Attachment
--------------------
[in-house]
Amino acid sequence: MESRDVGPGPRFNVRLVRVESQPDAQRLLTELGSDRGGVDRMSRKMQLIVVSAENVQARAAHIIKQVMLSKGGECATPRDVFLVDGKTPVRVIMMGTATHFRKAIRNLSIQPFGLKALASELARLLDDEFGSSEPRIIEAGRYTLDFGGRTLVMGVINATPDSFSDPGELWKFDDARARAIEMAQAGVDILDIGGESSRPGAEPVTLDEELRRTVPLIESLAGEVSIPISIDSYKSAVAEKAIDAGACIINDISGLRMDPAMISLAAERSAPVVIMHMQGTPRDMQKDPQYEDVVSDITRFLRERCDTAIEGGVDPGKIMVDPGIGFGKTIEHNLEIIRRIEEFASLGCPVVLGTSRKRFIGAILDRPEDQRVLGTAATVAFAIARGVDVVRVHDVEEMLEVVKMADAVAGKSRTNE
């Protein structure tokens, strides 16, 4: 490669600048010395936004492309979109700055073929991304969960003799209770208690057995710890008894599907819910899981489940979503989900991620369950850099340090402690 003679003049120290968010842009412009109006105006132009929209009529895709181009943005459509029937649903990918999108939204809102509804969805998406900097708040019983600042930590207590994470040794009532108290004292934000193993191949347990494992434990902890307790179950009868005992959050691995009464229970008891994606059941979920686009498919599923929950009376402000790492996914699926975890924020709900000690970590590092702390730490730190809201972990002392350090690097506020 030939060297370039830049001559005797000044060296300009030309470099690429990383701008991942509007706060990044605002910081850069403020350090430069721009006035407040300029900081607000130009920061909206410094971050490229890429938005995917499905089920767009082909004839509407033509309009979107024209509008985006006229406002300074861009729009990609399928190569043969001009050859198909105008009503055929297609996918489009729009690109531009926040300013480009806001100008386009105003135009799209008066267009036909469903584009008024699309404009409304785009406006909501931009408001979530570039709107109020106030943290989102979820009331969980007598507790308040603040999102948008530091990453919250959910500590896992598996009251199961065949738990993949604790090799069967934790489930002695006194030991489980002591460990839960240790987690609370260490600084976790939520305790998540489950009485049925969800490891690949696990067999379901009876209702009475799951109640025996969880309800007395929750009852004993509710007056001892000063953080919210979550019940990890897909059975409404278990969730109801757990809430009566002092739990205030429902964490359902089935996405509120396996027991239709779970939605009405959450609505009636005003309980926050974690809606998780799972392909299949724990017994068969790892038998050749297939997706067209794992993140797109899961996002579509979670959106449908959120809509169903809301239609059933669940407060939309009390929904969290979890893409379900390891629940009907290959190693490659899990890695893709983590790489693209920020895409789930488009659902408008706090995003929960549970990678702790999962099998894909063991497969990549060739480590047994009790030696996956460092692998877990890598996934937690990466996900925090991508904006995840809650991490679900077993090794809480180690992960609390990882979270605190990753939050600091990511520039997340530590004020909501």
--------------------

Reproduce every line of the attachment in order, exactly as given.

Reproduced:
[in-house]
Amino acid sequence: MESRDVGPGPRFNVRLVRVESQPDAQRLLTELGSDRGGVDRMSRKMQLIVVSAENVQARAAHIIKQVMLSKGGECATPRDVFLVDGKTPVRVIMMGTATHFRKAIRNLSIQPFGLKALASELARLLDDEFGSSEPRIIEAGRYTLDFGGRTLVMGVINATPDSFSDPGELWKFDDARARAIEMAQAGVDILDIGGESSRPGAEPVTLDEELRRTVPLIESLAGEVSIPISIDSYKSAVAEKAIDAGACIINDISGLRMDPAMISLAAERSAPVVIMHMQGTPRDMQKDPQYEDVVSDITRFLRERCDTAIEGGVDPGKIMVDPGIGFGKTIEHNLEIIRRIEEFASLGCPVVLGTSRKRFIGAILDRPEDQRVLGTAATVAFAIARGVDVVRVHDVEEMLEVVKMADAVAGKSRTNE
């Protein structure tokens, strides 16, 4: 490669600048010395936004492309979109700055073929991304969960003799209770208690057995710890008894599907819910899981489940979503989900991620369950850099340090402690 003679003049120290968010842009412009109006105006132009929209009529895709181009943005459509029937649903990918999108939204809102509804969805998406900097708040019983600042930590207590994470040794009532108290004292934000193993191949347990494992434990902890307790179950009868005992959050691995009464229970008891994606059941979920686009498919599923929950009376402000790492996914699926975890924020709900000690970590590092702390730490730190809201972990002392350090690097506020 030939060297370039830049001559005797000044060296300009030309470099690429990383701008991942509007706060990044605002910081850069403020350090430069721009006035407040300029900081607000130009920061909206410094971050490229890429938005995917499905089920767009082909004839509407033509309009979107024209509008985006006229406002300074861009729009990609399928190569043969001009050859198909105008009503055929297609996918489009729009690109531009926040300013480009806001100008386009105003135009799209008066267009036909469903584009008024699309404009409304785009406006909501931009408001979530570039709107109020106030943290989102979820009331969980007598507790308040603040999102948008530091990453919250959910500590896992598996009251199961065949738990993949604790090799069967934790489930002695006194030991489980002591460990839960240790987690609370260490600084976790939520305790998540489950009485049925969800490891690949696990067999379901009876209702009475799951109640025996969880309800007395929750009852004993509710007056001892000063953080919210979550019940990890897909059975409404278990969730109801757990809430009566002092739990205030429902964490359902089935996405509120396996027991239709779970939605009405959450609505009636005003309980926050974690809606998780799972392909299949724990017994068969790892038998050749297939997706067209794992993140797109899961996002579509979670959106449908959120809509169903809301239609059933669940407060939309009390929904969290979890893409379900390891629940009907290959190693490659899990890695893709983590790489693209920020895409789930488009659902408008706090995003929960549970990678702790999962099998894909063991497969990549060739480590047994009790030696996956460092692998877990890598996934937690990466996900925090991508904006995840809650991490679900077993090794809480180690992960609390990882979270605190990753939050600091990511520039997340530590004020909501």